4. Seriously concerned that the way in which this resolution requires member nations to criminalise the use by law enforcement officers of "significantly more force than is necessary in the situation to restrain and subsequently detain" a person and to "punish any entities that continue to employ LEOs that have administered force in contradiction of such Articles" apply not only when the decisions about how much force is necessary are made at the time of the incident concerned but also "in retrospect", combined with its requirement that the nations regularly review such matters, mean that such decisions sometimes must be made in retrospect and that this _
    1. Ignores the fact that the law enforcement officers typically will have had to make their decisions almost instantaneously, whereas people studying the evidence can take as long as they want about that before deciding, which is unbalanced and seems unfair;
    2. Effectively requires the people making those assessments to consider facts that the law enforcement officers involved had no way of knowing at the time, such as whether the perpetrator of a mass shooting had just run out of ammunition, instead of being able to consider only the facts that those law enforcement officers reasonably could have been expected to know;
    3. Lacks any limit on how long after an incident an officer can be decided "in retrospect" to have used excessive force, meaning that any law enforcement officer who uses any force whatsoever even once must then have to worry about being charged with doing so excessively forever after, which itself is excessive;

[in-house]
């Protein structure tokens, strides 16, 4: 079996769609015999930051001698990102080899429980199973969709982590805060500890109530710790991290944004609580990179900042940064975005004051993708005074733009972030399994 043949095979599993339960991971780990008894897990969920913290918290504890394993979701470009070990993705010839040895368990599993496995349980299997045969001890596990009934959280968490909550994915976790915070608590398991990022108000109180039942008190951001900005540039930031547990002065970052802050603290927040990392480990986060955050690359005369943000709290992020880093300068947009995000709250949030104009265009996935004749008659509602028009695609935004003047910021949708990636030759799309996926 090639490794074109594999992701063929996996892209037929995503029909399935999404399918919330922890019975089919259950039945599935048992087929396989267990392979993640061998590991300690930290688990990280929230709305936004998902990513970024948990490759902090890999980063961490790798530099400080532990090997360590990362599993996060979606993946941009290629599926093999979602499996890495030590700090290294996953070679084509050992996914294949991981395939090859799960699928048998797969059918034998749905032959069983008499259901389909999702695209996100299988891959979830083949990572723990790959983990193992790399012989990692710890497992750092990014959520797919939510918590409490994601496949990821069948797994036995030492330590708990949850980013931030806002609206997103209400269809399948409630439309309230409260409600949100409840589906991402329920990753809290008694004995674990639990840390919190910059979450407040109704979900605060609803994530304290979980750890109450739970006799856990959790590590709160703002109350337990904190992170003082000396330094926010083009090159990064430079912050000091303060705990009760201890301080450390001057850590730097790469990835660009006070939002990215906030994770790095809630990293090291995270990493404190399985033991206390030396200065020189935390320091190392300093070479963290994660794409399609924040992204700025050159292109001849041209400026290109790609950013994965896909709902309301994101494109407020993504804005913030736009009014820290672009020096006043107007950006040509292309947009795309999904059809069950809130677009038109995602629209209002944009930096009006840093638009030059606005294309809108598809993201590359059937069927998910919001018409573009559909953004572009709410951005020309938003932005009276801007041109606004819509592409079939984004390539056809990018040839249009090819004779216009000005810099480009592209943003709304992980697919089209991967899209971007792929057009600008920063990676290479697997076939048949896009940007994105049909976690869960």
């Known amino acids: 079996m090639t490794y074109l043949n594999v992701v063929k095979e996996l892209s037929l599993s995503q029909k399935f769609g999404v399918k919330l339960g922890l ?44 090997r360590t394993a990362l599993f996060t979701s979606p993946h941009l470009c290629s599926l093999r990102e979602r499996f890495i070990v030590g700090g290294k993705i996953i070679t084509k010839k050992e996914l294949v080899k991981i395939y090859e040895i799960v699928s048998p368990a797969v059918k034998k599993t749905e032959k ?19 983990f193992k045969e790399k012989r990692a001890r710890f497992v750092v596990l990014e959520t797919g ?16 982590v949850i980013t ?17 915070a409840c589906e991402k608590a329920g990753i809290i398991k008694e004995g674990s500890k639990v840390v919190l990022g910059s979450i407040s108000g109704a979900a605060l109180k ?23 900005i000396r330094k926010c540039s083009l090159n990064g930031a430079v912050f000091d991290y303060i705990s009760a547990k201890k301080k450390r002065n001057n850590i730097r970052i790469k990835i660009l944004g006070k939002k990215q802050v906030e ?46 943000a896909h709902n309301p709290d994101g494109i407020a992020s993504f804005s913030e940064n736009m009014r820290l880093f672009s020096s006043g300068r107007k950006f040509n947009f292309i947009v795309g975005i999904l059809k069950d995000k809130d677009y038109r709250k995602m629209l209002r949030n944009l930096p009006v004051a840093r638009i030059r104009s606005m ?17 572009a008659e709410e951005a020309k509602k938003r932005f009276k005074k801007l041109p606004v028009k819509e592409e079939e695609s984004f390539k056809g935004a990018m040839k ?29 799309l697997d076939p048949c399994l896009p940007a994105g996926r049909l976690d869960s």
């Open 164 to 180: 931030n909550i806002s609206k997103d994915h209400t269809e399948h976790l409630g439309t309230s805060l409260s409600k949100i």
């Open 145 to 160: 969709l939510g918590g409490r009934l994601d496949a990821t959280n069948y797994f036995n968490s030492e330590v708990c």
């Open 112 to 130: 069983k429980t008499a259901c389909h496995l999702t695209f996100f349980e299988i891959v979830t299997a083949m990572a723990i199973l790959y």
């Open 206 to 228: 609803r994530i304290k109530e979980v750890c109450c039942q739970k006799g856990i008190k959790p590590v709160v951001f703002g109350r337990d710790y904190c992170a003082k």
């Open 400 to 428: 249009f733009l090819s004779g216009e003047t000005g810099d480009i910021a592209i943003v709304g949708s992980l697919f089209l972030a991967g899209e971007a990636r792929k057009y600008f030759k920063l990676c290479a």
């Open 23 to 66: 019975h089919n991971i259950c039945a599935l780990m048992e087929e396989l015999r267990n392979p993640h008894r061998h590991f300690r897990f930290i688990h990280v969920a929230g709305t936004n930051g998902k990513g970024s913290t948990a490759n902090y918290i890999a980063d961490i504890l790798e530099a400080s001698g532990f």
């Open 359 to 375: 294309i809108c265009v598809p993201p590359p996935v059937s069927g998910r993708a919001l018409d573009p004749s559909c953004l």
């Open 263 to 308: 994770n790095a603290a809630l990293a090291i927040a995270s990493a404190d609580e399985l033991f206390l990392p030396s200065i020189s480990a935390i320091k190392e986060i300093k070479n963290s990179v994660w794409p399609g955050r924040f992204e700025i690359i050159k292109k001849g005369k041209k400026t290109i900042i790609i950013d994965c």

5. Noting the resolution's requirement that member nations equip every one of their law enforcement officers with "body-worn cameras linked to any official vehicles they may be associated with which automatically turn on when those vehicles' lights or sirens activate" does not take into account the fact that some member nations might well be insufficiently advanced in technology or simply too poor to do this, whether by allowing exceptions or by offering assistance, and thus forces those nations either to do without at least some of the law enforcement officers whom they would otherwise employ or to disobey this resolution;

  6. Understanding that the legal requirement for law enforcement officers to carry "body-worn cameras" would hinder their ability to carry out undercover investigations;

  7. Realizing that the requirement for those cameras' use is rendered ineffective, anyway, by the fact that the resolution allows these devices to be turned off when "their recording capacity is fully utilised" but does not require that they possess at least any specific minimum amount of recording capacity, which is a loophole that nations hostile to this legislation could exploit easily -- by issuing cameras with only very small recording capacities -- to render the cameras effectively useless;

  8. Hoping that if a replacement for G.A. Resolution #590 is considered necessary then the authors of that new legislation take these points into account;

Hereby repeals G.A. Resolution #590 'LEO Force Restrictions'.

In addition to incorporating the "list" formatting, this version adds one extra clause which is now labelled "6".

Artorrios O Southwoods,
ChairBear,
Bears Armed Mission to the W.A. .

Link to the target resolution